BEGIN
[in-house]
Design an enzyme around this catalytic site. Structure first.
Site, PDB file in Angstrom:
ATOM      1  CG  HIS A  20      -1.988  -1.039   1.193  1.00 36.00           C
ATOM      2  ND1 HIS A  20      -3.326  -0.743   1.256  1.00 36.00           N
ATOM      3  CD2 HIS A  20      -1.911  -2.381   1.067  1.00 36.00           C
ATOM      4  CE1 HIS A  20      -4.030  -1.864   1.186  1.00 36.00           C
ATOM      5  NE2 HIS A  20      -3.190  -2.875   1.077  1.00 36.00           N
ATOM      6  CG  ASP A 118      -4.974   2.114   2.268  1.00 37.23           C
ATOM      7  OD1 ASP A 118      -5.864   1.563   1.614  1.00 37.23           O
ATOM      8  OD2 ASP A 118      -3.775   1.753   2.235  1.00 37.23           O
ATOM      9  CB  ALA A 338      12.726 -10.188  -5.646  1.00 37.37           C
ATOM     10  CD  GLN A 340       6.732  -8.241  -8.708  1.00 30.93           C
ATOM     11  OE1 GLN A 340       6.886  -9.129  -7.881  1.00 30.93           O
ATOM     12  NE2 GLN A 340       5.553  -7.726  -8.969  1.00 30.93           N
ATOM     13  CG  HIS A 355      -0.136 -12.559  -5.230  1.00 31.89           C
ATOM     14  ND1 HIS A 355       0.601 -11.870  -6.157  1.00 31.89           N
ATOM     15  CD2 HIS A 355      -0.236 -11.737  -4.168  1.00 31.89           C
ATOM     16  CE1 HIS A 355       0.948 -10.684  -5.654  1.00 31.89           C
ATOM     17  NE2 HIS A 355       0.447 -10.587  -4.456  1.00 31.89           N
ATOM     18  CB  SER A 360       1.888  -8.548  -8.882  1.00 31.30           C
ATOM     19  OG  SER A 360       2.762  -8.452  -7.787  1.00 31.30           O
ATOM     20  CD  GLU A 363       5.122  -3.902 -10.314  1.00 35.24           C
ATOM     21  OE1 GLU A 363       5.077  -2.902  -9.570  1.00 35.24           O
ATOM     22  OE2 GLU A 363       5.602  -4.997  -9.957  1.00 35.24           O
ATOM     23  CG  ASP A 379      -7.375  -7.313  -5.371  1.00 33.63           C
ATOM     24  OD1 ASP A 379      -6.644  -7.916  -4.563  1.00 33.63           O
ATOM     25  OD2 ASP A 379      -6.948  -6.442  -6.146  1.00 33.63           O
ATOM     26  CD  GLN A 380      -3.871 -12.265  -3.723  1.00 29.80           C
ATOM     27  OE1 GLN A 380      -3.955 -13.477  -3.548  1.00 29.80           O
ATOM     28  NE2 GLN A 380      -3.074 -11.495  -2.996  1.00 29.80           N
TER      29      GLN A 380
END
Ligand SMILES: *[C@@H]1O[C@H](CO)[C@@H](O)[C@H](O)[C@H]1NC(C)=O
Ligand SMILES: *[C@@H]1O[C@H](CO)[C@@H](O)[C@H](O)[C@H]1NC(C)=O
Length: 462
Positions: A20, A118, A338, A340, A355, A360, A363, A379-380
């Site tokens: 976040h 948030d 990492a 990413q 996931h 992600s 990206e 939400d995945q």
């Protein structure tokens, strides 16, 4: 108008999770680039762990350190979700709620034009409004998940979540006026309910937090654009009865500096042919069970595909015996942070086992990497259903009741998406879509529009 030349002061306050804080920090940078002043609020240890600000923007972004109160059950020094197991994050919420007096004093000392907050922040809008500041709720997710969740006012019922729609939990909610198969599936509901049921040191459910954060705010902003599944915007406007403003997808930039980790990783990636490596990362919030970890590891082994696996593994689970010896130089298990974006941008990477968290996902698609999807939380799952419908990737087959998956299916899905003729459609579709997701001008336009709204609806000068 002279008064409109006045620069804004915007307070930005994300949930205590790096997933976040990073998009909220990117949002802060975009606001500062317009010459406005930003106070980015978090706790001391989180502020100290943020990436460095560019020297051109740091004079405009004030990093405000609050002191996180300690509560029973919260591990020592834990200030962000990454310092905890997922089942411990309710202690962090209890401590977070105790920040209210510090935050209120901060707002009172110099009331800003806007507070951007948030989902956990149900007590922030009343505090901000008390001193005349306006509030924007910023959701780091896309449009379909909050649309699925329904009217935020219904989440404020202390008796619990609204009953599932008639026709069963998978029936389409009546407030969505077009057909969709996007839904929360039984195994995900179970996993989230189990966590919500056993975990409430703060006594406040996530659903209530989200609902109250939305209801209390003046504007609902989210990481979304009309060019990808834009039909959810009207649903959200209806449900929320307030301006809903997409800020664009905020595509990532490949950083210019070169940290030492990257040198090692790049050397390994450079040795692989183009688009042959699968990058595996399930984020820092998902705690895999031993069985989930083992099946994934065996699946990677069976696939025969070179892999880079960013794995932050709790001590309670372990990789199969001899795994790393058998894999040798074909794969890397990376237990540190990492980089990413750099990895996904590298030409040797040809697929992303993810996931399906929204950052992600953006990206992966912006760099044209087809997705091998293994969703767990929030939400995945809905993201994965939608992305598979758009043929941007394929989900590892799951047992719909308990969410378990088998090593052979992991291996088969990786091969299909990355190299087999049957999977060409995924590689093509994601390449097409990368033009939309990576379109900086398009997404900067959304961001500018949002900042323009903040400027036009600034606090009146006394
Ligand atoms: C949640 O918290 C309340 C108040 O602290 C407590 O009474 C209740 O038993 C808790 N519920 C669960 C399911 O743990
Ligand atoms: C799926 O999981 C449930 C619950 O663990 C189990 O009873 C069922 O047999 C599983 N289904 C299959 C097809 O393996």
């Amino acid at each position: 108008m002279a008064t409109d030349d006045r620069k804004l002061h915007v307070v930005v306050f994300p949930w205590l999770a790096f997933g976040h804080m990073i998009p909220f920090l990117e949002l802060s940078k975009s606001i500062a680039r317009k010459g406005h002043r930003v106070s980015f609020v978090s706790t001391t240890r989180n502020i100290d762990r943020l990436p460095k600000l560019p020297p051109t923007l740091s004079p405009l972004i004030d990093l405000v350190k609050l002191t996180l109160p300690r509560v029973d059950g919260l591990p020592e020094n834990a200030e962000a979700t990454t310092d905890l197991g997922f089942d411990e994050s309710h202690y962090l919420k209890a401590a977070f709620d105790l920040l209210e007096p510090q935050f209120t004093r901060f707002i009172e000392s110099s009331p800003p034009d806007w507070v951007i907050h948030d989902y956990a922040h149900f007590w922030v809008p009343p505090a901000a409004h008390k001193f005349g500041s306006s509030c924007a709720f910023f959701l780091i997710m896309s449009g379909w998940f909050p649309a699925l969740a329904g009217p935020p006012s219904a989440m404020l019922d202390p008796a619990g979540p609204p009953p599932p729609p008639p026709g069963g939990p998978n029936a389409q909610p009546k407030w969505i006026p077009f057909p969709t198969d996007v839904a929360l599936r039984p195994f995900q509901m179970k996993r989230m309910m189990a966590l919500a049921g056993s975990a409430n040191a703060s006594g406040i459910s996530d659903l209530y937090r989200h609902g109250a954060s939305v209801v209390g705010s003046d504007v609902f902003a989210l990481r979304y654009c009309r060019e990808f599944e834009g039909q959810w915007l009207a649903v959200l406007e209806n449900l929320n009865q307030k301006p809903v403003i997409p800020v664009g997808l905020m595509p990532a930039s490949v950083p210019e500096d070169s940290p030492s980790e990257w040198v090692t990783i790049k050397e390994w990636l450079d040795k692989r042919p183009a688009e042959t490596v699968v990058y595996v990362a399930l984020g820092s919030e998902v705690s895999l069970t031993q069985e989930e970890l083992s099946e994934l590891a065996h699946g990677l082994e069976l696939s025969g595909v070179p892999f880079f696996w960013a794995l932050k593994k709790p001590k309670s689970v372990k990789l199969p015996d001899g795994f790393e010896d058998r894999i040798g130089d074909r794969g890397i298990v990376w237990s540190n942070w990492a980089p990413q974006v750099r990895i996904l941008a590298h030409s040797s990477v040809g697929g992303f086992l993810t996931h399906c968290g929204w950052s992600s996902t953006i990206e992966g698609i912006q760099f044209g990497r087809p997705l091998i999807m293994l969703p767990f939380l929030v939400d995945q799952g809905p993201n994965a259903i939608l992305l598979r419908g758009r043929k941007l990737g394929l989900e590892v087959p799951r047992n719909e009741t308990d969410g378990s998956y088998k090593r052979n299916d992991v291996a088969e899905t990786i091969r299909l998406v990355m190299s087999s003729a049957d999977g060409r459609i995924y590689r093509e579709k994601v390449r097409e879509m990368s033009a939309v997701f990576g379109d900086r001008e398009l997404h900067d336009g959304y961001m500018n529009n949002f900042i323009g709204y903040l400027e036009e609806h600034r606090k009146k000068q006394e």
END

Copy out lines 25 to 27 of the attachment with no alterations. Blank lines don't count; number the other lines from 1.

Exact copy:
ATOM     22  OE2 GLU A 363       5.602  -4.997  -9.957  1.00 35.24           O
ATOM     23  CG  ASP A 379      -7.375  -7.313  -5.371  1.00 33.63           C
ATOM     24  OD1 ASP A 379      -6.644  -7.916  -4.563  1.00 33.63           O